#NC-01230-ED - Notecards
#PR-01230-ED - Open Edition Print
Barracks was designed by New York architect Alexander Jackson
Davis in 1850 and construction was begun the same year by Philadelphia
contractor Morris, Tasker & Morris. The first part of the
planned structure, completed in September 1851, included the south
side with towers at each end, from which the east and west wings
extended at right angles. In 1864 VMI was shelled and burned by
Union troops, leaving only the thick stone and brick walls of
the Barracks standing. It has been rebuilt, remodeled and extended
several times without changing the exterior appearance of the
original structure. By 1923 Davis plan was completed and
the east and west wings had been extended to join a north wing.
A new section to the left of the center tower was opened in 1949.
The Barracks, which dominates the 12-acre parade ground, was designated
a National Historic Landmark in 1966.
statue of Thomas Jonathan Stonewall Jackson depicts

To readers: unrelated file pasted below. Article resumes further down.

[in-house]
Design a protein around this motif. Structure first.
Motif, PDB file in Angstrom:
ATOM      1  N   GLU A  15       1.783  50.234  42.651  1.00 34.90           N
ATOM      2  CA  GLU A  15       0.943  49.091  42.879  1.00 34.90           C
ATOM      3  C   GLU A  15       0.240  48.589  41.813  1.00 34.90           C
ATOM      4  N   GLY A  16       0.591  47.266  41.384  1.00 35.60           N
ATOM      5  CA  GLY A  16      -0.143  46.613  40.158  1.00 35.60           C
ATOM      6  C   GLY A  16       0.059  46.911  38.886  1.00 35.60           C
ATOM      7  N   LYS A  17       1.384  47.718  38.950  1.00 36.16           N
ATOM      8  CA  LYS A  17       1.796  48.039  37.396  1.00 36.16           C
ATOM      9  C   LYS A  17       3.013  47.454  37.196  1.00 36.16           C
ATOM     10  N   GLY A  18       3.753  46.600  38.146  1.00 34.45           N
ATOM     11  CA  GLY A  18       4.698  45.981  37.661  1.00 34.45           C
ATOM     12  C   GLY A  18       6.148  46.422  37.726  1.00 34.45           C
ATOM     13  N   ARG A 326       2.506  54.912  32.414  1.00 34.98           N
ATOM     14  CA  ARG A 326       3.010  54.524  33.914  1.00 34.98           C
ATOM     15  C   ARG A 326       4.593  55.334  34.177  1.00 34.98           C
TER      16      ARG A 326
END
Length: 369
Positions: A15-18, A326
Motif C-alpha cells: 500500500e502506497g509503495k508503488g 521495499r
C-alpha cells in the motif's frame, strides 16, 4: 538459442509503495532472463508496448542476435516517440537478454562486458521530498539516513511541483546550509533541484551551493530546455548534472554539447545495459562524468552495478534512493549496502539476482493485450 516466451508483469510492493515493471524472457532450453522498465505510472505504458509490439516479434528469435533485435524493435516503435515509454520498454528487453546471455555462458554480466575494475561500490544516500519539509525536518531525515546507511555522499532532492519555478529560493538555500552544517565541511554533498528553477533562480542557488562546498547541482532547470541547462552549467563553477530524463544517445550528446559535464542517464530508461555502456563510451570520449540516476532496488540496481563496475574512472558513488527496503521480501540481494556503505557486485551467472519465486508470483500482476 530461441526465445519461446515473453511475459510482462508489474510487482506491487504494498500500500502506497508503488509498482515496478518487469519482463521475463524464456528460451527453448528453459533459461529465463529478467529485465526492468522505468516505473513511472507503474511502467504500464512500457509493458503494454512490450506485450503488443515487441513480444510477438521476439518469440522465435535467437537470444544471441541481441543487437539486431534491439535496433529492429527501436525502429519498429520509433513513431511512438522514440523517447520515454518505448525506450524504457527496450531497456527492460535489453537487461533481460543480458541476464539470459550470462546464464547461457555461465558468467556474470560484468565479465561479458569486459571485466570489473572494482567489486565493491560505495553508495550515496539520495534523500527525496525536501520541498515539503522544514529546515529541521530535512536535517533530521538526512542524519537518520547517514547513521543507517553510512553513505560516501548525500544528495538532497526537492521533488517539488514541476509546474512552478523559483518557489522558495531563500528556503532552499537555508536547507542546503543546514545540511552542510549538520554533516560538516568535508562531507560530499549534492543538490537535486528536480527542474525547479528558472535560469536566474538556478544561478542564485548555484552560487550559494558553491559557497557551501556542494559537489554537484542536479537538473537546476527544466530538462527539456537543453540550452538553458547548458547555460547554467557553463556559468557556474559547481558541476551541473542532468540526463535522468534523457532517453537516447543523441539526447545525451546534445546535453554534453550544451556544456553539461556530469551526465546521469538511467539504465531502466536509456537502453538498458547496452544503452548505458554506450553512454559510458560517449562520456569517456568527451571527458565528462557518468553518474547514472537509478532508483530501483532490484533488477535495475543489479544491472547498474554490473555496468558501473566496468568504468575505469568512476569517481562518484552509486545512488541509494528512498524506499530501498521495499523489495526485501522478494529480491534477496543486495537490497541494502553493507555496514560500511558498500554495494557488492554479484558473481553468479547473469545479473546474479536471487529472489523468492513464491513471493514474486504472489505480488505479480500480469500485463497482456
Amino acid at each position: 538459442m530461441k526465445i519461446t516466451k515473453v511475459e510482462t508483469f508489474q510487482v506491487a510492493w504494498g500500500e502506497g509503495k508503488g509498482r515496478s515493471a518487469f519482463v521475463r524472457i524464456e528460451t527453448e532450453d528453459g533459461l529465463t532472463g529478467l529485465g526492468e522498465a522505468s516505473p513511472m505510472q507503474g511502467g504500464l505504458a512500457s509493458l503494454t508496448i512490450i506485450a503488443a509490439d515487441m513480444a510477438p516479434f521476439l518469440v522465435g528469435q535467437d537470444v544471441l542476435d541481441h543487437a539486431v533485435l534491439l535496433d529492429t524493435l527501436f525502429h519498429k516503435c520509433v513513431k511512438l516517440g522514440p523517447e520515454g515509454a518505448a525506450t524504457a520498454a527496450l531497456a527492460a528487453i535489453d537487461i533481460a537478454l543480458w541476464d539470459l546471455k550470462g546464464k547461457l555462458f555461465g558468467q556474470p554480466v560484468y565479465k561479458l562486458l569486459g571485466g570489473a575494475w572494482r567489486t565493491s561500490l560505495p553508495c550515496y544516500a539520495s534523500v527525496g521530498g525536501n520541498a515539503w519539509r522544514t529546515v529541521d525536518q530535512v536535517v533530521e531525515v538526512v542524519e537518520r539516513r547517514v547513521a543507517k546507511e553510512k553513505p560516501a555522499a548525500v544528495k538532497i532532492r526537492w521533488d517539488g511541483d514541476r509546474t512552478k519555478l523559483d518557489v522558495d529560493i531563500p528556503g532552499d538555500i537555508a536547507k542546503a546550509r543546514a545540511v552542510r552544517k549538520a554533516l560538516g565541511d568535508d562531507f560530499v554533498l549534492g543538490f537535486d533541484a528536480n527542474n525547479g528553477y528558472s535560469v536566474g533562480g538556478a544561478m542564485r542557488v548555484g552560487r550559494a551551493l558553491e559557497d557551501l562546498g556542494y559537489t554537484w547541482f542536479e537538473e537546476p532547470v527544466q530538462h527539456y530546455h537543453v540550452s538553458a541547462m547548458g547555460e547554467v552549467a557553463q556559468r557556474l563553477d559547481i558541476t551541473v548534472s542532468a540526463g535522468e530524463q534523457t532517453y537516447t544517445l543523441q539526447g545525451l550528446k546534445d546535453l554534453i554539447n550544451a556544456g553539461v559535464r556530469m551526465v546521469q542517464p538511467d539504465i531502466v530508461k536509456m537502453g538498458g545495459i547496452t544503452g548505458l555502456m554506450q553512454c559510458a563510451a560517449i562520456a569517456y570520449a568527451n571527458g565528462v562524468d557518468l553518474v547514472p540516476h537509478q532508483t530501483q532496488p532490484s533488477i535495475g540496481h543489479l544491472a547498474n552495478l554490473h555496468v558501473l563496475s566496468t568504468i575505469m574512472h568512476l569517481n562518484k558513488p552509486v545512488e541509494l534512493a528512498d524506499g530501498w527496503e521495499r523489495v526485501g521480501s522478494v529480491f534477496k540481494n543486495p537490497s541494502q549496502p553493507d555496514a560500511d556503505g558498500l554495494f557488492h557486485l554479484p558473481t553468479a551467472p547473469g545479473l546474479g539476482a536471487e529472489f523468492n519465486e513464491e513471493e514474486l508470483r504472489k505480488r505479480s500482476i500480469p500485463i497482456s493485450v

him as he surveyed the field at Chancellorsville before his death
in 1863. It is the work of Sir Moses Ezekiel, 1866 VMI graduate
and member of the Corps of Cadets which fought at New Market.
Guns of the Rockbridge Battery, known to generations of cadets
as Matthew, Mark, Luke, and John, were cast in 1848
and used by Jackson in cadet artillery training.
23 cadets and two instructors, the nations first state-supported
military college opened its doors on November 11, 1839, on the
site of the Lexington Arsenal, one of three in Virginia at the
time. Todays Corps of Cadets includes approximately 1,300
candidates for the bachelors degree in sciences, engineering,
and the humanities. Studies of a full college curriculum are combined
with a daily regime of military training and discipline, with
emphasis placed on qualities of honesty, integrity and responsibility.
© 1996 Dianne Harrah, Drawing © 1996 Bill Harrah.